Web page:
The Dragons’ Den show, on CBC, gives entrepreneurs the opportunity to pitch business ideas to self-made multimillionaire investors who made their fortune from scratch.
If you study that show carefully, you’ll learn BUSINESS SECRETS that no book out there is teaching (I know, I’ve read over 800 business books!).
Even business schools like McGill’s Desautels Faculty of Management, is not teaching what these Dragons are teaching.
However, you are unlikely to learn the real secrets if you just watch Dragons’ Den the way most Canadians watch it (i.e. as entertainment).
You’ve got to ANALYZE every sentence uttered by the Dragon, and notice WHEN and HOW they utter their questions.
Dr Phil says that 80% of a question is a statement, and I agree: every question by a Dragon, REVEALS his/her deep business wisdom (often acquired through personal mistakes they made in their business career).
To help entrepreneurs analyze and FULLY understand the logic behind the Dragons’ thinking, I created a DVD containing annotated videos of over 200 pitches.
You can contact me at firstname.lastname@example.org to get that DVD for only $9.99, and share that DVD with all your friends and family (and your kids, too).
Meanwhile, here are a few DRAGON PRINCIPLES that you want to memorize for they will possibly save your business from failure or save you much frustration and struggle in business:
1. Focus, focus, focus. If you launch a business, focus on offering ONE product or service, and be the BEST at that. Don’t offer too many services!
2. Sell, sell, sell. Expose yourself to as much rejection as possible. Become immune to people saying “no” to you. Just keep going. Mark Cuban, self-made billionaire, says that you’ve got to be SO HUNGRY that you’re willing to do anything (to get those sales). How hungry are you?
3. Protect your products or services through copyright, patents, etc. (hire a patent attorney)
4. Sell, sell, sell. Yes, I know, I wrote this above, but so few entrepreneurs get busy SELLING THEIR STUFF. Stop writing newsletters or blogs and make an offer to SOMEONE! Get a Yes or No out of them, then move on.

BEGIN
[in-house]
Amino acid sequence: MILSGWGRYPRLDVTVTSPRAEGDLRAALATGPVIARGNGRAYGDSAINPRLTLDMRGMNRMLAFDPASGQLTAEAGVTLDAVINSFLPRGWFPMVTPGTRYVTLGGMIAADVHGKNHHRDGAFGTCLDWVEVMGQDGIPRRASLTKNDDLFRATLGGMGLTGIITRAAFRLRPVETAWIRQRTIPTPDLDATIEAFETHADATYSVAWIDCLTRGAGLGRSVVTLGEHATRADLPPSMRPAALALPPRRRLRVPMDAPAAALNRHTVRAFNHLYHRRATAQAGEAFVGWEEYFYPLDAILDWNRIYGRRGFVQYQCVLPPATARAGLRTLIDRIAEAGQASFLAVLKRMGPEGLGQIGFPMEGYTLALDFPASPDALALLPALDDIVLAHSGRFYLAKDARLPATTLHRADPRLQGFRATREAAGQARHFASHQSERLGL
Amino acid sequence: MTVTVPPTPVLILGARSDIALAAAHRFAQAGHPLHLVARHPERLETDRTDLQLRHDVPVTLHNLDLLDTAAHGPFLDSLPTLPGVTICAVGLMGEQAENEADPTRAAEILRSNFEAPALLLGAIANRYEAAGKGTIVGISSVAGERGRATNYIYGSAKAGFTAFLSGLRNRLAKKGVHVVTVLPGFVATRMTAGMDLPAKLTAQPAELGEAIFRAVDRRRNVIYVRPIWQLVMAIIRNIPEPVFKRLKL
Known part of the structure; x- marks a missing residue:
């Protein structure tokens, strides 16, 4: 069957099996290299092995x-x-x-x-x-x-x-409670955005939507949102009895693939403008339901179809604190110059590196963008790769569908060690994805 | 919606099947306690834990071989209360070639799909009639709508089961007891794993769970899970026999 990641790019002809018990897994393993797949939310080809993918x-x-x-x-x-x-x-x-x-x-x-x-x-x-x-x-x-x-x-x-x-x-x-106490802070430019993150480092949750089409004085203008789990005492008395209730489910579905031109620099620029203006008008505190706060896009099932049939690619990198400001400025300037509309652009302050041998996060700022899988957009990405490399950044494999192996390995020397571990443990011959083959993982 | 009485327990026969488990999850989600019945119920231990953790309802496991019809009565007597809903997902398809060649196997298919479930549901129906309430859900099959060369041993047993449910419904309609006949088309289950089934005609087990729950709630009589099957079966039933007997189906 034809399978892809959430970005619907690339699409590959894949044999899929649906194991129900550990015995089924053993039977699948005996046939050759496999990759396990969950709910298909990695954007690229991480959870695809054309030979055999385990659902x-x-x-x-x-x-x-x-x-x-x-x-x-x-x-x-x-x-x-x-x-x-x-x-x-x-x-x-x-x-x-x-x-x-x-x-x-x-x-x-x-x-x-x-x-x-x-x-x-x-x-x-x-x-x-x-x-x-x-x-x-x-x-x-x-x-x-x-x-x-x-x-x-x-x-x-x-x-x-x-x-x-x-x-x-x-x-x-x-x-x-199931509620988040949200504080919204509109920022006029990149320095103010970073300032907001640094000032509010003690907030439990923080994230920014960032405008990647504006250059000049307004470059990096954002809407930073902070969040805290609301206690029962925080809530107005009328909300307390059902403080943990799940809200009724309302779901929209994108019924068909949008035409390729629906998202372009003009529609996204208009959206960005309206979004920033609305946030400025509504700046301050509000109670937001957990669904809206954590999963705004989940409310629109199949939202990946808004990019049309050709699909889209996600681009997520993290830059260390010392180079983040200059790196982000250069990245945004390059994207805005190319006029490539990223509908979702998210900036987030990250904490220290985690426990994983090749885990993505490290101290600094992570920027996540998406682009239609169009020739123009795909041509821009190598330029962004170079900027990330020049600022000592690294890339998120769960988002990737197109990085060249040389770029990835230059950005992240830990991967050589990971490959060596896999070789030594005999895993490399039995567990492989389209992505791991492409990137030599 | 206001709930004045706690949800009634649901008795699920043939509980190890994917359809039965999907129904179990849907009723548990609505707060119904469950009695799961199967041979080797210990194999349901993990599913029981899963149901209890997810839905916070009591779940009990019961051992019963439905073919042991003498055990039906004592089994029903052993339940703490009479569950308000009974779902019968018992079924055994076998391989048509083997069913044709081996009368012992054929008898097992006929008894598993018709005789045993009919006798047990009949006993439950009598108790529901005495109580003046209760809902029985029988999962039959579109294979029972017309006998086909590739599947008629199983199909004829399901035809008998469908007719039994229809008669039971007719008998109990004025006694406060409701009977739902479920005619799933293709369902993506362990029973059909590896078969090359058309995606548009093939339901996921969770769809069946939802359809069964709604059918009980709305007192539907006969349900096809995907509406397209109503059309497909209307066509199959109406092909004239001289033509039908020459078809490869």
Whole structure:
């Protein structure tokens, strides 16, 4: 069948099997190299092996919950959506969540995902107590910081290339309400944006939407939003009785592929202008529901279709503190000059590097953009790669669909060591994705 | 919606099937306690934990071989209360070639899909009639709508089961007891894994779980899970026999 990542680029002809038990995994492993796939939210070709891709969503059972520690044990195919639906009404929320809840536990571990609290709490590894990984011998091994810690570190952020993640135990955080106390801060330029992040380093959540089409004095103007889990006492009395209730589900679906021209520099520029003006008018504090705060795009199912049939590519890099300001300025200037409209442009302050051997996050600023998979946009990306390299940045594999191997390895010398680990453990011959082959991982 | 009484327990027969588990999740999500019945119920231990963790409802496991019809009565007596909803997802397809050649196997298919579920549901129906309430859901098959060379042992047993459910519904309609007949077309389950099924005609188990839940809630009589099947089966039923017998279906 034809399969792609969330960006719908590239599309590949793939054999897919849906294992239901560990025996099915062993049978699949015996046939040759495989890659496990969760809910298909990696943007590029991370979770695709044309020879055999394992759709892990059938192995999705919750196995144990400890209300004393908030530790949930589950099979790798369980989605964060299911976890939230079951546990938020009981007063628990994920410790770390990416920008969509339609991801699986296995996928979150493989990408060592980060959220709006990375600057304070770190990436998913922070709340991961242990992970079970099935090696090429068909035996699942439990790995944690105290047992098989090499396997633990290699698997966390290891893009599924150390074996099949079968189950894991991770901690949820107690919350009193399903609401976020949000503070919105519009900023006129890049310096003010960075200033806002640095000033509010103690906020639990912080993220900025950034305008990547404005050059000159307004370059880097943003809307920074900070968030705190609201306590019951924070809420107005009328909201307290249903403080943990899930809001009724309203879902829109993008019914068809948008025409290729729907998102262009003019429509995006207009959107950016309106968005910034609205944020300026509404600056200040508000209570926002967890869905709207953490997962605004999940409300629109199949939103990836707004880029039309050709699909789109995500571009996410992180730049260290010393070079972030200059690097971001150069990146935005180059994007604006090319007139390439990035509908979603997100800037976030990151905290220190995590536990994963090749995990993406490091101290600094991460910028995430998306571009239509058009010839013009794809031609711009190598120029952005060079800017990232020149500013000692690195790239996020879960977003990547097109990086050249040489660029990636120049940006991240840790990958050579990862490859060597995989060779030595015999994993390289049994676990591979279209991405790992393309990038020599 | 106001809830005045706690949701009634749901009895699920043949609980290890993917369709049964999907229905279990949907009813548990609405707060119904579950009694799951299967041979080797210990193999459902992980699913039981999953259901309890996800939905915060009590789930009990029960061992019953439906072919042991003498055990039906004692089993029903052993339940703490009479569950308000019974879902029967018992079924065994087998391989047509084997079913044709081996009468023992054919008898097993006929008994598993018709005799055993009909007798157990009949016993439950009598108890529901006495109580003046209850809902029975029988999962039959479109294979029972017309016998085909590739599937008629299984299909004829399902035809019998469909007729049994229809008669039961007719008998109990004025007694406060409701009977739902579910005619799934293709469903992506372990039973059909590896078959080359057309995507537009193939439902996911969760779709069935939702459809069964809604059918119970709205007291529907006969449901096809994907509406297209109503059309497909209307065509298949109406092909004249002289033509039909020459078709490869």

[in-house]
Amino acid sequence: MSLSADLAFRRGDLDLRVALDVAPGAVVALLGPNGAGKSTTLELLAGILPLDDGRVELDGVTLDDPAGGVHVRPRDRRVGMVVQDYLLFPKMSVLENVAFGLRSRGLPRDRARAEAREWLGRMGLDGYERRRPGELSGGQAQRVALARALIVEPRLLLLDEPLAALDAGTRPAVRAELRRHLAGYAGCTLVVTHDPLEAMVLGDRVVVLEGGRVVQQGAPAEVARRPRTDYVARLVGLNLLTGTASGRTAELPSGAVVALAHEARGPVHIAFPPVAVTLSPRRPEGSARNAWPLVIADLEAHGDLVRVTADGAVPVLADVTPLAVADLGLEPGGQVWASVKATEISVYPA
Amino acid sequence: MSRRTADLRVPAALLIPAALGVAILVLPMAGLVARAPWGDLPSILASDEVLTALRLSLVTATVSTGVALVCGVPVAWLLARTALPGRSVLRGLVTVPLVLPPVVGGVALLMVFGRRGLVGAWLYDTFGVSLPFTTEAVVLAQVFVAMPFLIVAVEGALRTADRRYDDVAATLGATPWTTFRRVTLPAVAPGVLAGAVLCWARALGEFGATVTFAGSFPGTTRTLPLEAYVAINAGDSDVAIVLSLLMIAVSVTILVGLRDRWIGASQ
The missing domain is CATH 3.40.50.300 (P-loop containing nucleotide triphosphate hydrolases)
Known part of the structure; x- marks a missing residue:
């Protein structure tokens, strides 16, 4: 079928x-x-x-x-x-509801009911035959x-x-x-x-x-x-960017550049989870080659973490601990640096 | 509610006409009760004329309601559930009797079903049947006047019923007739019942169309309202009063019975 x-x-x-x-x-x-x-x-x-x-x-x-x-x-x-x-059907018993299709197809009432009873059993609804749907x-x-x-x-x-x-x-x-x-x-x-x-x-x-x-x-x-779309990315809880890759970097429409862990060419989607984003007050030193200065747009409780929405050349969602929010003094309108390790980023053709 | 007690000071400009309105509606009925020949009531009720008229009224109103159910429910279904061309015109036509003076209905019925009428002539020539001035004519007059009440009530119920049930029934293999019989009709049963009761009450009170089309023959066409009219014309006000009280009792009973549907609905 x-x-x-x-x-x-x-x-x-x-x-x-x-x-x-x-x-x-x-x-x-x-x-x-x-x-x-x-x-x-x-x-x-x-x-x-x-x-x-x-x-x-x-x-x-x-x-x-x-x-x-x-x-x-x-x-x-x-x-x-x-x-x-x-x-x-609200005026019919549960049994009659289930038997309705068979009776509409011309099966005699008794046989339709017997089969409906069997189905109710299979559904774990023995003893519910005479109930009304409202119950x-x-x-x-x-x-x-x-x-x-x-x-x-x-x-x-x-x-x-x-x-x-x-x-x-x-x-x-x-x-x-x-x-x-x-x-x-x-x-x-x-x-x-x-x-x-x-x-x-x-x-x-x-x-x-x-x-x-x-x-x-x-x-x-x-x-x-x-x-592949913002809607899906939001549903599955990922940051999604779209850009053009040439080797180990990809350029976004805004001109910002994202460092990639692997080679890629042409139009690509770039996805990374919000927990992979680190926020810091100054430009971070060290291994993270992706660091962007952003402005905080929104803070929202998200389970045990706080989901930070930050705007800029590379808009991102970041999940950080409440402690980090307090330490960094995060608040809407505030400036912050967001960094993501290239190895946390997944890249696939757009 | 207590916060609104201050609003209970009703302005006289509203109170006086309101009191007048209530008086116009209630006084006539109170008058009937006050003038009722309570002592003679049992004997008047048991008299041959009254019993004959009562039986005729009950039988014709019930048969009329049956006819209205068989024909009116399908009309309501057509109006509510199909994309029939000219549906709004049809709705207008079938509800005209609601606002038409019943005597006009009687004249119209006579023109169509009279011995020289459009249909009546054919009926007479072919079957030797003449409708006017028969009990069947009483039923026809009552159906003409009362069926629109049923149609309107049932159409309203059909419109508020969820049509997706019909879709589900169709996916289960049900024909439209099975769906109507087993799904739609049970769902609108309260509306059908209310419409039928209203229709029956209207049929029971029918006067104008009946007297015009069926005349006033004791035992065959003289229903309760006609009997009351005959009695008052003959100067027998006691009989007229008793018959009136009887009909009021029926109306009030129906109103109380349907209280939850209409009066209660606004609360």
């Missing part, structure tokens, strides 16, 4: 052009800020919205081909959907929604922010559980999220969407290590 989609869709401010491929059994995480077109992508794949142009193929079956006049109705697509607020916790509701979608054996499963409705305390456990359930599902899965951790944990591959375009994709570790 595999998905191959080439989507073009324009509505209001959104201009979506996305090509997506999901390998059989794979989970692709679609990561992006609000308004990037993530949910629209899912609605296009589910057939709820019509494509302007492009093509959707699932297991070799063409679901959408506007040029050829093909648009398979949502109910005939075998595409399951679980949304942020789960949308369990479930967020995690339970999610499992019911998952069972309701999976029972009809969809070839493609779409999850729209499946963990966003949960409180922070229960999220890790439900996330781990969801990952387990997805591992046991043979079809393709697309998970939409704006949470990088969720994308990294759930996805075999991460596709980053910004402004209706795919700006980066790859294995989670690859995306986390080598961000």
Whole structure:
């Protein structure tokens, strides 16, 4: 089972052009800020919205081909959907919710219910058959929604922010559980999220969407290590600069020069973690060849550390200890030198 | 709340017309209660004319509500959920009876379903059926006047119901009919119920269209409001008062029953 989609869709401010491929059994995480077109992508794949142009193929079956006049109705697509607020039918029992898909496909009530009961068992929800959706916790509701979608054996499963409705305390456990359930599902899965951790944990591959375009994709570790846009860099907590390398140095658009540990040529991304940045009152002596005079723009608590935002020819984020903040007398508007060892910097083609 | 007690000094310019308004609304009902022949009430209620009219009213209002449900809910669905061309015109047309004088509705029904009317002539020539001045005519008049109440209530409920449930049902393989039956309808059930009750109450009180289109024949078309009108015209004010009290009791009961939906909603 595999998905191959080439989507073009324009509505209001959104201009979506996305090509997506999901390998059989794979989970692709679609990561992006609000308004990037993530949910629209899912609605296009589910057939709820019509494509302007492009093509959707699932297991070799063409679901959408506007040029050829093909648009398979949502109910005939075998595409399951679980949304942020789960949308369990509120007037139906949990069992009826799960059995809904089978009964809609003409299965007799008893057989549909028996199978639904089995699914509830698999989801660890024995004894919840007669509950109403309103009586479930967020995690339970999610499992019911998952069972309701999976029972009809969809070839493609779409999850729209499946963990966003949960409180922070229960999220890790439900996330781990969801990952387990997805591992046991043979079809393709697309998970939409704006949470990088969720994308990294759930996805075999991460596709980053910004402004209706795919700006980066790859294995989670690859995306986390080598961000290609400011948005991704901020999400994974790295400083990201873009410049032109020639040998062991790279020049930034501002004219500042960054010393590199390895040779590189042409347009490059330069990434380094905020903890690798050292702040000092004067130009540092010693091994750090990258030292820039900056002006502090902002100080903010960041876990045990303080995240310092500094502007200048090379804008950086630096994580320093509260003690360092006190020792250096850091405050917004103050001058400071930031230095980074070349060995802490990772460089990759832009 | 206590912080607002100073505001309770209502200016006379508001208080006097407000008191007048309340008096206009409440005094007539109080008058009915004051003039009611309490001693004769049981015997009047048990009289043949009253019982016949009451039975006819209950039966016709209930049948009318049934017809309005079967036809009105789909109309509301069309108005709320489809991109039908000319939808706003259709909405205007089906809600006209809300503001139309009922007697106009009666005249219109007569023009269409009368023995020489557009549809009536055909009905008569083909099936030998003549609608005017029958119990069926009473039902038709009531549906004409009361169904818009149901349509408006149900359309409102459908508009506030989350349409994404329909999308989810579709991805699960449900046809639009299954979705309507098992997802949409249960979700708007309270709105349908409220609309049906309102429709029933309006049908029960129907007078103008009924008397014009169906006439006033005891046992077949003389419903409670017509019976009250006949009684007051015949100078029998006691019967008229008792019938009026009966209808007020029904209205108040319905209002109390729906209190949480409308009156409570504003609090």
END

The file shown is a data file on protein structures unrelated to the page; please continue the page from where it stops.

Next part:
5. State clearly WHY you are different from the competition (see how I do this at http://entrepreneurexchange.wordpress.com/. ELIMINATE the competition by being obviously superior to them. Think of how Apple Inc. does it.
6. Don’t make any claim that you cannot back up with real numbers. As Kevin O’Leary would say, “Talk is cheap. Show me the money!”
7. Know your numbers (market potential, gross margin, net margin, breakeven, etc.). Read Financial Intelligence by Joe Knight and Karen Bergman. You cannot possibly master your business accounting and finance unless you’ve read that book.
8. Think like a CEO. Read Ram Charan’s What the CEO wants you to know. Unless you’ve read that book (at least three times), you simply are NOT thinking like a CEO and cannot possibly build a sustainable business. (I’ll be giving a free teleseminar on that book shortly, stay tuned).
9. Get Peter’s Dragon Secrets DVD, which contains some 200 videos with notes and explanatory diagrams. Value: $200. For you, only $9.99.
10. Be scaleable. Usually, this means you’ve got to create a product, NOT a service. Services are usually not scaleable, unless you have a proprietary process and can hire workers to do the work. For example, I created a procedure for creating calligraphy fountain pens so I will be hiring manual workers to create $9 calligraphy pens. I could also sell that procedure (which comes with a video showing HOW it’s done). SCALEABILITY also means “leverage the Internet” or create business models that grow exponentially, such as NoteWagon.com (these 3 students received $200,000) or NoteHall.com, where the two students got $900,000 and were eventually bought out by Chegg, a text book company, for an undisclosed amount although they say they are now millionaires.